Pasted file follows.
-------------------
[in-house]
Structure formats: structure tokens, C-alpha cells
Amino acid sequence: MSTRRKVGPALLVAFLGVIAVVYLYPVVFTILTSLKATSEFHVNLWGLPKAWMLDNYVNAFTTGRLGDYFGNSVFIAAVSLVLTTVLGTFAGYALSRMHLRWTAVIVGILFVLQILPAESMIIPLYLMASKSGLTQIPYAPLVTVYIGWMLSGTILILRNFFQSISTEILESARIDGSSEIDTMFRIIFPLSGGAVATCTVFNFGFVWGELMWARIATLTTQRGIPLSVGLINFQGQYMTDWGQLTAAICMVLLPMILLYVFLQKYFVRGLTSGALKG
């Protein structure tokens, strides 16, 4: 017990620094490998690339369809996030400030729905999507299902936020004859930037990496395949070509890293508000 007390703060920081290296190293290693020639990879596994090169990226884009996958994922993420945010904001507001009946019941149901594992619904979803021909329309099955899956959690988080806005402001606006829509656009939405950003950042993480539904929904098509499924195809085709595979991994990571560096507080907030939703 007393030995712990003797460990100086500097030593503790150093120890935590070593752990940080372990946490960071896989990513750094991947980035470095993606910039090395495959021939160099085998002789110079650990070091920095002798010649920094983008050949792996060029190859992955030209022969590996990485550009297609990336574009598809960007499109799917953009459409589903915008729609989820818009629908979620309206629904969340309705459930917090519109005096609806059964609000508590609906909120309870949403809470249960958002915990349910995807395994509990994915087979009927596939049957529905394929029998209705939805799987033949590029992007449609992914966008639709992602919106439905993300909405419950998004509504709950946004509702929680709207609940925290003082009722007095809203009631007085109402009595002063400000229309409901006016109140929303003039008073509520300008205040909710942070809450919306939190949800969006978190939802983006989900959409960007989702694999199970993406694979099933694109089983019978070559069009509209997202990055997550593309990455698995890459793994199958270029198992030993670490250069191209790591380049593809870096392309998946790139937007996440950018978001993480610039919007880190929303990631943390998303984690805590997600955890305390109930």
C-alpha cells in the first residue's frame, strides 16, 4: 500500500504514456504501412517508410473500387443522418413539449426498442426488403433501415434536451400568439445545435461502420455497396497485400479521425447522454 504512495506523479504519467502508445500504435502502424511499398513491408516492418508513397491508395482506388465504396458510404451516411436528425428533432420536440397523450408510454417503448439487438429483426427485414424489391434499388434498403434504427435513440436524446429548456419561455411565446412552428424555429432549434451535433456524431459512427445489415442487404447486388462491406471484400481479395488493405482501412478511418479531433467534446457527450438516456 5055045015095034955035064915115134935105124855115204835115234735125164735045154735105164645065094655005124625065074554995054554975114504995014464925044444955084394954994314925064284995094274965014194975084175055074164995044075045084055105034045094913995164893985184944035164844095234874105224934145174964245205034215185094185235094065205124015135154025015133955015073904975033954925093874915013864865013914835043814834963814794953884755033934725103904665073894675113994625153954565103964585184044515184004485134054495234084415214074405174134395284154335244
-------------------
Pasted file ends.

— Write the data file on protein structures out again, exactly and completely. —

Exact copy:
[in-house]
Structure formats: structure tokens, C-alpha cells
Amino acid sequence: MSTRRKVGPALLVAFLGVIAVVYLYPVVFTILTSLKATSEFHVNLWGLPKAWMLDNYVNAFTTGRLGDYFGNSVFIAAVSLVLTTVLGTFAGYALSRMHLRWTAVIVGILFVLQILPAESMIIPLYLMASKSGLTQIPYAPLVTVYIGWMLSGTILILRNFFQSISTEILESARIDGSSEIDTMFRIIFPLSGGAVATCTVFNFGFVWGELMWARIATLTTQRGIPLSVGLINFQGQYMTDWGQLTAAICMVLLPMILLYVFLQKYFVRGLTSGALKG
């Protein structure tokens, strides 16, 4: 017990620094490998690339369809996030400030729905999507299902936020004859930037990496395949070509890293508000 007390703060920081290296190293290693020639990879596994090169990226884009996958994922993420945010904001507001009946019941149901594992619904979803021909329309099955899956959690988080806005402001606006829509656009939405950003950042993480539904929904098509499924195809085709595979991994990571560096507080907030939703 007393030995712990003797460990100086500097030593503790150093120890935590070593752990940080372990946490960071896989990513750094991947980035470095993606910039090395495959021939160099085998002789110079650990070091920095002798010649920094983008050949792996060029190859992955030209022969590996990485550009297609990336574009598809960007499109799917953009459409589903915008729609989820818009629908979620309206629904969340309705459930917090519109005096609806059964609000508590609906909120309870949403809470249960958002915990349910995807395994509990994915087979009927596939049957529905394929029998209705939805799987033949590029992007449609992914966008639709992602919106439905993300909405419950998004509504709950946004509702929680709207609940925290003082009722007095809203009631007085109402009595002063400000229309409901006016109140929303003039008073509520300008205040909710942070809450919306939190949800969006978190939802983006989900959409960007989702694999199970993406694979099933694109089983019978070559069009509209997202990055997550593309990455698995890459793994199958270029198992030993670490250069191209790591380049593809870096392309998946790139937007996440950018978001993480610039919007880190929303990631943390998303984690805590997600955890305390109930």
C-alpha cells in the first residue's frame, strides 16, 4: 500500500504514456504501412517508410473500387443522418413539449426498442426488403433501415434536451400568439445545435461502420455497396497485400479521425447522454 504512495506523479504519467502508445500504435502502424511499398513491408516492418508513397491508395482506388465504396458510404451516411436528425428533432420536440397523450408510454417503448439487438429483426427485414424489391434499388434498403434504427435513440436524446429548456419561455411565446412552428424555429432549434451535433456524431459512427445489415442487404447486388462491406471484400481479395488493405482501412478511418479531433467534446457527450438516456 5055045015095034955035064915115134935105124855115204835115234735125164735045154735105164645065094655005124625065074554995054554975114504995014464925044444955084394954994314925064284995094274965014194975084175055074164995044075045084055105034045094913995164893985184944035164844095234874105224934145174964245205034215185094185235094065205124015135154025015133955015073904975033954925093874915013864865013914835043814834963814794953884755033934725103904665073894675113994625153954565103964585184044515184004485134054495234084415214074405174134395284154335244